Melvin Gordon and Nathaniel Hackett ‘hashed it out,’ and now Gordon prepares to start
ENGLEWOOD, Colo. — Melvin Gordon left SoFi Stadium on Monday night knowing neither what his short-term future held, nor why he spent the second half standing on the sideline holding his helmet, waiting for the call to action that didn’t come — and for an explanation as to why he went from that day’s starter to being out of the mix entirely.
A day later, he left a meeting with Broncos coach Nathaniel Hackett as the starter for next Sunday’s game against the New York Jets.
“It went good,” Gordon said of the meeting. “It was a talk that probably should have happened some weeks ago. But it happened, and I’m glad that we hashed it out.”
Added Hackett: “It was a great talk. Love Melvin. Have so much respect for him as a pro for all that he has done in this league.”
Neither Gordon nor Hackett chose to delve into the details of the meeting. Hackett called it “private,” while Gordon termed it “personal.”
That said, the starting assignment isn’t always what it’s cracked up to be — as Gordon saw last Monday.
“I started last week,” he said with a knowing smile.
“It is what it is. I really don’t want to say too much, but I appreciate [Hackett] saying it.”
Despite being the No. 1 running back heading into the game, Gordon’s night ended with just 9 snaps and 3 rushing attempts. He doesn’t even want to think about what might happen if the next starting assignment goes like the last one.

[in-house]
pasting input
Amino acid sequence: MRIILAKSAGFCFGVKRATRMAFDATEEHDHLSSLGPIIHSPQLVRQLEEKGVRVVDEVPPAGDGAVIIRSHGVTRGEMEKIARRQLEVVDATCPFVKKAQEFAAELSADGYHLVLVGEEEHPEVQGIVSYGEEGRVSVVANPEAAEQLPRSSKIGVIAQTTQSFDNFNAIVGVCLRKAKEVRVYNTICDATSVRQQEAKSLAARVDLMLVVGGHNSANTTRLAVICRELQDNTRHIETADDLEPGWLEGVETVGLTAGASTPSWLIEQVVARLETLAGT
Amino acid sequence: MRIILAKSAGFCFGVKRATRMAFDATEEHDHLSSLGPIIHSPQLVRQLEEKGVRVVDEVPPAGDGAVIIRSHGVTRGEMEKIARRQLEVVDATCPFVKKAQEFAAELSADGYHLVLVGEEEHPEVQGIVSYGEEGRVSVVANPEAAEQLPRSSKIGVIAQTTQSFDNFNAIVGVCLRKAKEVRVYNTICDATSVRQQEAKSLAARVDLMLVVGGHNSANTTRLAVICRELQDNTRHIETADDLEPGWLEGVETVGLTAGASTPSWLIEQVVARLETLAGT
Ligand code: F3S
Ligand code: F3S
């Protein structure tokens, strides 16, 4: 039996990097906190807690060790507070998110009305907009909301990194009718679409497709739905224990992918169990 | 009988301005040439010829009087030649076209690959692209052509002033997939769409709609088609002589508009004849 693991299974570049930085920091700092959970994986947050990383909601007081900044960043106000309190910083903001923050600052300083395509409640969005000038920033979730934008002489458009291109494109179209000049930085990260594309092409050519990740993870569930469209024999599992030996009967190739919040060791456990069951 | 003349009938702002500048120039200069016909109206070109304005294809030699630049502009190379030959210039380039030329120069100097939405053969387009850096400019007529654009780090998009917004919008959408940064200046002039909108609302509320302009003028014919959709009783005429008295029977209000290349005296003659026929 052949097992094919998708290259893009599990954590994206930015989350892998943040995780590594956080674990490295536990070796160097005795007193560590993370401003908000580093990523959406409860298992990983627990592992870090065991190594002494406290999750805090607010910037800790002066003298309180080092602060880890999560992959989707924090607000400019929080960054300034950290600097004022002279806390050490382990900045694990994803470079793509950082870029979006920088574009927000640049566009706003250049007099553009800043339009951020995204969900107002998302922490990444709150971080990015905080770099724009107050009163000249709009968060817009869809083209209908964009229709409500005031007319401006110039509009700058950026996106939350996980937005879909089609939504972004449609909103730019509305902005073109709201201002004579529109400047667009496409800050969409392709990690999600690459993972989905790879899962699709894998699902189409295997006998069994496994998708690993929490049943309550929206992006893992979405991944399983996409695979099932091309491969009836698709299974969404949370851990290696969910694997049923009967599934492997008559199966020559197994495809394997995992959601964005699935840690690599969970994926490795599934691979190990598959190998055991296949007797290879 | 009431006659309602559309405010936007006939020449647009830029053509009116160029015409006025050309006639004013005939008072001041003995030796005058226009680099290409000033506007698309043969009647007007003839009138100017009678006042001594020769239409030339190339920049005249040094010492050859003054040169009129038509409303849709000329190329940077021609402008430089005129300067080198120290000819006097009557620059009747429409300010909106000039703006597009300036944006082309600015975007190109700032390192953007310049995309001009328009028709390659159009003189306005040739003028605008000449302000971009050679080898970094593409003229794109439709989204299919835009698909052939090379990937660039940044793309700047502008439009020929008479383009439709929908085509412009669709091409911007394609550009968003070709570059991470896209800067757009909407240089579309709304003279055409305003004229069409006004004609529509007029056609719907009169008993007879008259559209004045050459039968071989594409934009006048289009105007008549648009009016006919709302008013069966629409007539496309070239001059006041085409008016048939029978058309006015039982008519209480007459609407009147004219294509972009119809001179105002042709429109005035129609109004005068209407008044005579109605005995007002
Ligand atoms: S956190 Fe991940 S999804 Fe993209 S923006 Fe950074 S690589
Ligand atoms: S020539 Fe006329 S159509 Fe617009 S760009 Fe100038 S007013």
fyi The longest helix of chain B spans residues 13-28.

“It’s a possibility I don’t even know, man,” he said. “I’m not even trying to put my mind frame right there right now, because I’m going to get mad.”
Instead, Gordon said he tries to focus on staying positive despite a season more frustrating than any other in his football life. For that, he cites the advice of his running-backs coach at Wisconsin, Thomas Hammock, who now serves as the head coach at Northern Illinois.
“He told me as a freshman in college, ‘You’re going to have to face adversity in this game. Whether it’s on the field or off the field, whether there are some choices that are being made by different people, as a man, you’re just going to have to deal with it,'” Gordon recalled.
“This chapter in my life right now is big adversity. I hate that. I’m in the media for the wrong reasons, and not because I’m having a stellar game. I hate that more than anything.”
Gordon explained why as he continued.
“Because I don’t want people to look at me and be like, ‘It’s always something.’ You know what I’m saying?” Gordon said. “Rather than, ‘This guy’s out here, he’s killing it.’ It’s just the narrative has changed, and I don’t like it at all. It’s adversity. It’s this chapter in my life. I’m being tested as a man mentally. I’ve got to overcome it.”
When Monday night’s game ended, Gordon returned to the locker room and saw messages from his friends and family.
They watched the Monday Night Football broadcast. They saw the shot of Gordon standing in the bench area watching from the sideline with just over 10 minutes left in regulation. They also saw him listening to Jerry Jeudy vent after a failed third-down 1:28 into overtime.
“Nah, I thought [the cameras] would be pointed at the game. I didn’t think they’d be on me. I didn’t even know to that degree until I got done and then my family was just hitting me up and was like, ‘We’re sorry for what’s going on.’ That’s where I heard it — all my friends and stuff were texting me.
“I heard they were making a big deal out of it — which I hate. But I can’t help that.”
In the wake of the night, Gordon liked a slew of tweets, including some suggesting a Gordon-for-Cam Akers trade with the Los Angeles Rams. Trade rumors regarding Gordon are unlikely to ebb with the trade deadline approaching on Nov. 1.
“I didn’t know you guys you could keep track of that stuff,” Gordon said of the liked tweets.
Everyone with a Twitter account learns that at some point — including the author of this story. What Gordon now hopes to learn is whether the clouds hovering over his professional life will soon break.